I am at least a month late to be doing this post, and everybody sensible forgot about his or her tulips long ago. But not me. They were particularly astonishing this spring, probably because I planted them in such a fog of misery last fall, I don’t even remember getting them in the ground. My husband of twenty-five years, for whom I’d always had a lot of respect, had just blown up our life together in the most cowardly and cruel way imaginable. We have three kids who are not yet grown. To say that I was not thinking straight was an understatement.
So I suppose I numbly pulled out a credit card and bought five or six hundred bulbs, but I literally do not remember. And I suppose I dug the holes–a LOT of holes–while so defeated I could barely lift a shovel, but again, Senator, I do not recall.
Still, forgetting is pretty much the nature of tulips. When you put them in the ground, they look like nothing. They look like a squat clove of garlic, though with the brown skin of a shallot. They look like disappointment, bitter disappointment, like faith betrayed.
Then there is that long, long, long upstate winter that starts the second the last tulips are buried at Thanksgiving…and that doesn’t let up until April, when the crocuses and bulbous irises remind everybody that amidst the browns and blacks and icy whites, there is still an element of existence that is purple. Finally, the tulips appear in late April and early May, and life is an utter carnival of ridiculously saturated color, big stalks and big bold flowers with wild double or lily or egg shapes. The person most surprised at the riot? The gardener who stuck them in the ground.
Which reminds me, despite myself, of Daniel Gilbert, the Harvard psychologist and happiness theorist, author of Stumbling on Happiness and this semi-annoying and much-viewed TED talk. Gilbert always annoyed me because he seemed more of a moralist than a scientist. Or maybe because the things he said about happiness did not describe my idea of happiness, which is animal happiness: sunshine, using my shovel, sex, food, wine, smelling the flowers, chatter that is the human equivalent of birdsong. That, and enjoyable work.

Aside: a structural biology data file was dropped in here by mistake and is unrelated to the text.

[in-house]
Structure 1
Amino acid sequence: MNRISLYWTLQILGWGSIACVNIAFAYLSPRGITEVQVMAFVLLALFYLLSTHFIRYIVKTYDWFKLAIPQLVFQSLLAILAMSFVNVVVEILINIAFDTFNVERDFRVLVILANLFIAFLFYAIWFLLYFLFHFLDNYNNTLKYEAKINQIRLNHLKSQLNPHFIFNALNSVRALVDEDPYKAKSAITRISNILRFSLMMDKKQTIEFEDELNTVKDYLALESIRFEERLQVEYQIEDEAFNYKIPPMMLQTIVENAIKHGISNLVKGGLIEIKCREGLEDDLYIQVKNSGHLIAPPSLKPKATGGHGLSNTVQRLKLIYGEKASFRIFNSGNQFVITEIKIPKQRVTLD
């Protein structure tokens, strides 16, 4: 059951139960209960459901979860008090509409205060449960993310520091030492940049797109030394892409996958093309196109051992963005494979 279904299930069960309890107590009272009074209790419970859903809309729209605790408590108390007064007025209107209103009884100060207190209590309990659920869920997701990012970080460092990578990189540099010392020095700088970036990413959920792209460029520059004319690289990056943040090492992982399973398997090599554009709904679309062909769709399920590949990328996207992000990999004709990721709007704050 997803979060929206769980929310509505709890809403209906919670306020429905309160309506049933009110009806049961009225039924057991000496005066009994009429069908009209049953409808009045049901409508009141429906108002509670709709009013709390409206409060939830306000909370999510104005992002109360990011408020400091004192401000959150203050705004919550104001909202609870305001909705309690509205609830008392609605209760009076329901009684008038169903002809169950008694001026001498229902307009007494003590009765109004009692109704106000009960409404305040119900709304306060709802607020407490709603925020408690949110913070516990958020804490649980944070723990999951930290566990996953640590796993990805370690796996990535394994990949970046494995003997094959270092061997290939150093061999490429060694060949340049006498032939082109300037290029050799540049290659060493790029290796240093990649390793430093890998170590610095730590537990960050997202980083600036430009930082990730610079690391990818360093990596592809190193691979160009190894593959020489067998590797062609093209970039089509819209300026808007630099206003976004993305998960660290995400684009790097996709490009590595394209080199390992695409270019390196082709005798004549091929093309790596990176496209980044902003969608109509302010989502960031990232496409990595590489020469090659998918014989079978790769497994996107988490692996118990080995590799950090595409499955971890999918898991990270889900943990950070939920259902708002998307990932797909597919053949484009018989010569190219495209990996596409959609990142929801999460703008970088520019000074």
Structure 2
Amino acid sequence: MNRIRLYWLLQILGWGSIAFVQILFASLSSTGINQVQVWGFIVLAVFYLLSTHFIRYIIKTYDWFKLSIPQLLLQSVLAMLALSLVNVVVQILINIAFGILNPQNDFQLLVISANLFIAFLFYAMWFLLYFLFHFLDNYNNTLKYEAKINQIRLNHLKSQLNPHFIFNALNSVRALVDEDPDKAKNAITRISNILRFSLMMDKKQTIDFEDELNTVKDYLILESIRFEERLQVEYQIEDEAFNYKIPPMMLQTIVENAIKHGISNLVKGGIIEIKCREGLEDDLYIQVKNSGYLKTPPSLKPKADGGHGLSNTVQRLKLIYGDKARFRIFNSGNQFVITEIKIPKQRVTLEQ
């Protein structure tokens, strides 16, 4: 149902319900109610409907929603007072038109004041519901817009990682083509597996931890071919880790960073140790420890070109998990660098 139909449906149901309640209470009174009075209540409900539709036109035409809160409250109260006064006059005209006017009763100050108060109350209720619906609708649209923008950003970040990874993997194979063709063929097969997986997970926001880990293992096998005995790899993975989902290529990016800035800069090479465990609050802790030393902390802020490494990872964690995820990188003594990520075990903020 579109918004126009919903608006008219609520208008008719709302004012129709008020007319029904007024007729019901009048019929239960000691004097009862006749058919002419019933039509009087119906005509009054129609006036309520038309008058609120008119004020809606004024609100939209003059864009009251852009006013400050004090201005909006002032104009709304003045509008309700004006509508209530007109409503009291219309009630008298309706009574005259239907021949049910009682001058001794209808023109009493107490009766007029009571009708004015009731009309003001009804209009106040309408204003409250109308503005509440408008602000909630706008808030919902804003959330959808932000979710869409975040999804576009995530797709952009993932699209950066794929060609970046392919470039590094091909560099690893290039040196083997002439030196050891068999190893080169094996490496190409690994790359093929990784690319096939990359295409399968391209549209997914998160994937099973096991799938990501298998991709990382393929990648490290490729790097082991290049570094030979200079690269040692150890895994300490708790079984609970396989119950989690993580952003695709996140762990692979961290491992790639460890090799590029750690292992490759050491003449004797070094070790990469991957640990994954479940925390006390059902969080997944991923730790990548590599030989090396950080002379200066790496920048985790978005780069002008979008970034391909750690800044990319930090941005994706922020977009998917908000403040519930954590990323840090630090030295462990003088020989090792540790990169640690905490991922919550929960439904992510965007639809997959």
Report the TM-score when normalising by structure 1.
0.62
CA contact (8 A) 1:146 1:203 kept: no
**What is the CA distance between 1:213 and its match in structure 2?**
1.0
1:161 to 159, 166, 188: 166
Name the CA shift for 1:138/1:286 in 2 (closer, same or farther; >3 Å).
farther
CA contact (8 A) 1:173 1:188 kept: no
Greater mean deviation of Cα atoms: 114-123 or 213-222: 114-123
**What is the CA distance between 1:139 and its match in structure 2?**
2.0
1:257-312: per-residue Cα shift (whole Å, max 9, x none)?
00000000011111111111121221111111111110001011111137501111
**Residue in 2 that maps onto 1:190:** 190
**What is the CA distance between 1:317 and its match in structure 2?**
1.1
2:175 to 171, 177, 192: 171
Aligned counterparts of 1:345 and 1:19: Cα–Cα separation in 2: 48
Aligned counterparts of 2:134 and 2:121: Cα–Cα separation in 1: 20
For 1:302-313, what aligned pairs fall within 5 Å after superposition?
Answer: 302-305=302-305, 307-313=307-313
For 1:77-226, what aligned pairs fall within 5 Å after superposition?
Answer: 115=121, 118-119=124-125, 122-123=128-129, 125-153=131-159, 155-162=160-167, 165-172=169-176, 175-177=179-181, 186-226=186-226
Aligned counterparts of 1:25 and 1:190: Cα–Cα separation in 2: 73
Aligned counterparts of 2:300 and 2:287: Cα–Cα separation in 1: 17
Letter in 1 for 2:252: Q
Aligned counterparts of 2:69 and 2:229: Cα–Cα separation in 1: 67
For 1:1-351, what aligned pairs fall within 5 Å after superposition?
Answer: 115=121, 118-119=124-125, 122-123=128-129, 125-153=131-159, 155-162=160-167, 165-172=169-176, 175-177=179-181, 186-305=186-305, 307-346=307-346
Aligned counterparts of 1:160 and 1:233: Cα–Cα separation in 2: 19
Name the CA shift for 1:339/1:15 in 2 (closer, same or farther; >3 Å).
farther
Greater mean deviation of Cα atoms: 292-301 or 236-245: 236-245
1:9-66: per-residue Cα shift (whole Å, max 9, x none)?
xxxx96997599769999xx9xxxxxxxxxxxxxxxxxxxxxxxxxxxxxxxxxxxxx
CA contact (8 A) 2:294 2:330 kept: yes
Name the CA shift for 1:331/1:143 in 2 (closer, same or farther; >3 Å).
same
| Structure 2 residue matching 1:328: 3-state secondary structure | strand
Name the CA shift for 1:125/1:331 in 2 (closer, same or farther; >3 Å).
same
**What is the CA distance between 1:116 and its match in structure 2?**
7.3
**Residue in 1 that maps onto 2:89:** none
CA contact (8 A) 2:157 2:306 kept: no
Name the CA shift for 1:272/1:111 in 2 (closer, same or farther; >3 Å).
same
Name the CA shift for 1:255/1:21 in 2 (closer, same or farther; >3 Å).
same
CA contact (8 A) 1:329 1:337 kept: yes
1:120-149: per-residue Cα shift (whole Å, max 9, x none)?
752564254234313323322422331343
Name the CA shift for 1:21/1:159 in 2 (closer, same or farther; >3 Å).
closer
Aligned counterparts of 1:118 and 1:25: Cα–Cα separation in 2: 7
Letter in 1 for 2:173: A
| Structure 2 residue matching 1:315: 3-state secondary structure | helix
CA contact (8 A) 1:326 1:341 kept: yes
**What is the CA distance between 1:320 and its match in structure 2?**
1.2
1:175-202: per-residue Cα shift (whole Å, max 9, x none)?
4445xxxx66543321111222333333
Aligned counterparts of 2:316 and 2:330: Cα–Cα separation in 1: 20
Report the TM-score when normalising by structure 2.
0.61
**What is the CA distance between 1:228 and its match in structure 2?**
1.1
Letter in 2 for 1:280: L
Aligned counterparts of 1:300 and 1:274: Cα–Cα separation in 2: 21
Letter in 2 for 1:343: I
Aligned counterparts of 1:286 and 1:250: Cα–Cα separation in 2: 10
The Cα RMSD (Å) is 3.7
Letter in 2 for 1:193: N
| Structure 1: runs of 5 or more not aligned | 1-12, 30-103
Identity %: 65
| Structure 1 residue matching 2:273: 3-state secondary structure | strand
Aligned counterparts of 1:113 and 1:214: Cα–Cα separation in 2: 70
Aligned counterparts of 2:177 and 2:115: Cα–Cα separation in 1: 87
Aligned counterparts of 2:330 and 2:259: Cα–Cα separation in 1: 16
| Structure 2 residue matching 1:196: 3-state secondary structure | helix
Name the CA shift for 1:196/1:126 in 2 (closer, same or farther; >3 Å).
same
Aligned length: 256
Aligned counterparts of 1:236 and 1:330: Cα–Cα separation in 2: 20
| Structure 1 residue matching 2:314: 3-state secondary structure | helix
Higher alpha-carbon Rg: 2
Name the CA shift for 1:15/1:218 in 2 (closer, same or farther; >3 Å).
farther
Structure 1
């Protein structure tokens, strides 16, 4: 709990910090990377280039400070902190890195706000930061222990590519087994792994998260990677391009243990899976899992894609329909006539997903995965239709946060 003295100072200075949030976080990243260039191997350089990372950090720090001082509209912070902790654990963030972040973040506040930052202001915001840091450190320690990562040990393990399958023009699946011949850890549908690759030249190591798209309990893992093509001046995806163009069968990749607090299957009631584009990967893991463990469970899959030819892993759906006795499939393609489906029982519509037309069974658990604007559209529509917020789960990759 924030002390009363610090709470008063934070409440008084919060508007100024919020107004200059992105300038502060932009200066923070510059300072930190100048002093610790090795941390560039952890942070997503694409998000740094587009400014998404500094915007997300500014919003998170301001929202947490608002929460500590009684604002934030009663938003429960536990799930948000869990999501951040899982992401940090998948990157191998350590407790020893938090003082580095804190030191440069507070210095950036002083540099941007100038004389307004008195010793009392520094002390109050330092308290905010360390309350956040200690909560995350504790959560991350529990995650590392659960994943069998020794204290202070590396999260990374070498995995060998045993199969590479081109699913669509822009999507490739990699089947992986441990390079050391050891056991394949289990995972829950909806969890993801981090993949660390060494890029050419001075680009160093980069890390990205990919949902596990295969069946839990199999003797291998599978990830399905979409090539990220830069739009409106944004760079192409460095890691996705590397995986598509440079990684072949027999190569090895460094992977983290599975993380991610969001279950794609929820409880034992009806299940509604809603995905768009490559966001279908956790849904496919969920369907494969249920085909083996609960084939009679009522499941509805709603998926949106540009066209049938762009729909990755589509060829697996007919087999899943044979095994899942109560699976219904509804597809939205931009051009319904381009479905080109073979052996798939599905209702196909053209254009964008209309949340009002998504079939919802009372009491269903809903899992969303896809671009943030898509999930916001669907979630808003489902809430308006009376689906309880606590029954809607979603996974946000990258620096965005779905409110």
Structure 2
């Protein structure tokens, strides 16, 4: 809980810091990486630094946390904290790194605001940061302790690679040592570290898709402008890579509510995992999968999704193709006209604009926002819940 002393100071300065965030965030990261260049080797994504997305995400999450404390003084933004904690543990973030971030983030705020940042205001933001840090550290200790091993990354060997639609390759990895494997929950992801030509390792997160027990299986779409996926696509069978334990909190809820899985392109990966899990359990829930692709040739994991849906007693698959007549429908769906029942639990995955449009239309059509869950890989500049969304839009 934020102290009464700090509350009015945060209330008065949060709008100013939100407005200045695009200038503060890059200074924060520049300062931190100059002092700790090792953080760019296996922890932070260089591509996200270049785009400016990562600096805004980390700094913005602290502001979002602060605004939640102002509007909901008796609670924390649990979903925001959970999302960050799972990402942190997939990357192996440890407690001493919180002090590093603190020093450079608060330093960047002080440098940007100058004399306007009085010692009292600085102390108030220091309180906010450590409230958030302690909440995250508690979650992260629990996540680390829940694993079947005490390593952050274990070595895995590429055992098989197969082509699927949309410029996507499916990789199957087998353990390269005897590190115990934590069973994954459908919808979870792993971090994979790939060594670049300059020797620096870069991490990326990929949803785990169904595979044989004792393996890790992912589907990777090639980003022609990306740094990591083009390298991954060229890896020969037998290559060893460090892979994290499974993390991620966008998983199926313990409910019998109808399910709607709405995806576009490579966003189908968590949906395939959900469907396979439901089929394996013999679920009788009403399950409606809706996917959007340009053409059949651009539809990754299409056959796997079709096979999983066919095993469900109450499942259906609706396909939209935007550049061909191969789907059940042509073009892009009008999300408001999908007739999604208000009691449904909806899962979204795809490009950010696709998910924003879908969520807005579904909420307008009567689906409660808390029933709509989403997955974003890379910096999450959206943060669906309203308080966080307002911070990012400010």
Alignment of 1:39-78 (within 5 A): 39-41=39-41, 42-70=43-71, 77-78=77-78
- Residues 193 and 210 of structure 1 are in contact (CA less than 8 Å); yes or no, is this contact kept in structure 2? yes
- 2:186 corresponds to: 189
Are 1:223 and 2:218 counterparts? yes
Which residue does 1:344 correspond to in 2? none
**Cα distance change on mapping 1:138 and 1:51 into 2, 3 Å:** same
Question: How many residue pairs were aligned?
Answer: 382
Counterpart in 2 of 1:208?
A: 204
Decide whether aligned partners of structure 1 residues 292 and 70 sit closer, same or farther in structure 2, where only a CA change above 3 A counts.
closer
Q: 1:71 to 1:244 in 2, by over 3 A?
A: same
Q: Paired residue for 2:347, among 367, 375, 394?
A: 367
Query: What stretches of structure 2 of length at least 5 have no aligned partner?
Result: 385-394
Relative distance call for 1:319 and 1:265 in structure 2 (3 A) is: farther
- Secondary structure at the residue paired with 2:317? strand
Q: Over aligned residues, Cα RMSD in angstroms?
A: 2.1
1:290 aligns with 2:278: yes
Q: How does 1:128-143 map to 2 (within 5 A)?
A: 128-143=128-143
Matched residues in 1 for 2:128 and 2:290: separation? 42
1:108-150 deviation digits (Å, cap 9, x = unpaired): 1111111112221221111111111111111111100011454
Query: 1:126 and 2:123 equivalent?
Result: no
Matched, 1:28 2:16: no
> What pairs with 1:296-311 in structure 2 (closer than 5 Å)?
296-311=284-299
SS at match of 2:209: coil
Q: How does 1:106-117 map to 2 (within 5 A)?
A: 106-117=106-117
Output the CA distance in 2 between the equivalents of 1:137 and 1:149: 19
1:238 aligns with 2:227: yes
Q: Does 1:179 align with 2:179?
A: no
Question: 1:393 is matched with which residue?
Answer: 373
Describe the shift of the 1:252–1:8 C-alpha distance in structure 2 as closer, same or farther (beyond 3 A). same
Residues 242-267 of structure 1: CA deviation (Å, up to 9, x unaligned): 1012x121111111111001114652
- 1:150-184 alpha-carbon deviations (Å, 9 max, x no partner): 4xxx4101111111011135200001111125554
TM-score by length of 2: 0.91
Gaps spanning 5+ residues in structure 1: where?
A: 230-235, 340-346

Gilbert, on the other hand, talks about how bad we humans are at predicting what will make us happy. And he points to research that shows that a year after the key events, the lottery winner and the paraplegic are equally happy, because humans have a psychological immune system that allows us to make the best of whatever situation we are in. So, in Gilbert’s view, since varying fates don’t matter to the extent we expect, we might as well be good.
The thing is, I am the paraplegic in the example above. And Gilbert is right in that nine months after the fact, I am keenly aware that the birds still sing and good food still tastes good. I have also discovered that I am incredibly lucky in friends, family, and kids, since they rallied around me and kept me from any feeling that my horizons had shrunk. In fact, I have discovered that the bottom of the crater is an extremely interesting place to be.
I understand now why I spend $300 every fall on hybrid tulips that will appear once, and then fade the next year into meaningless bloomless foliage. I would never spend that much on a tree that could last generations, but I spend it on ephemera when the ephemera happen to be tulips. I do it because the tulips are life. We always misjudge its potential. We always forget in the depths of winter that spring comes around in gaudy glory, no matter what.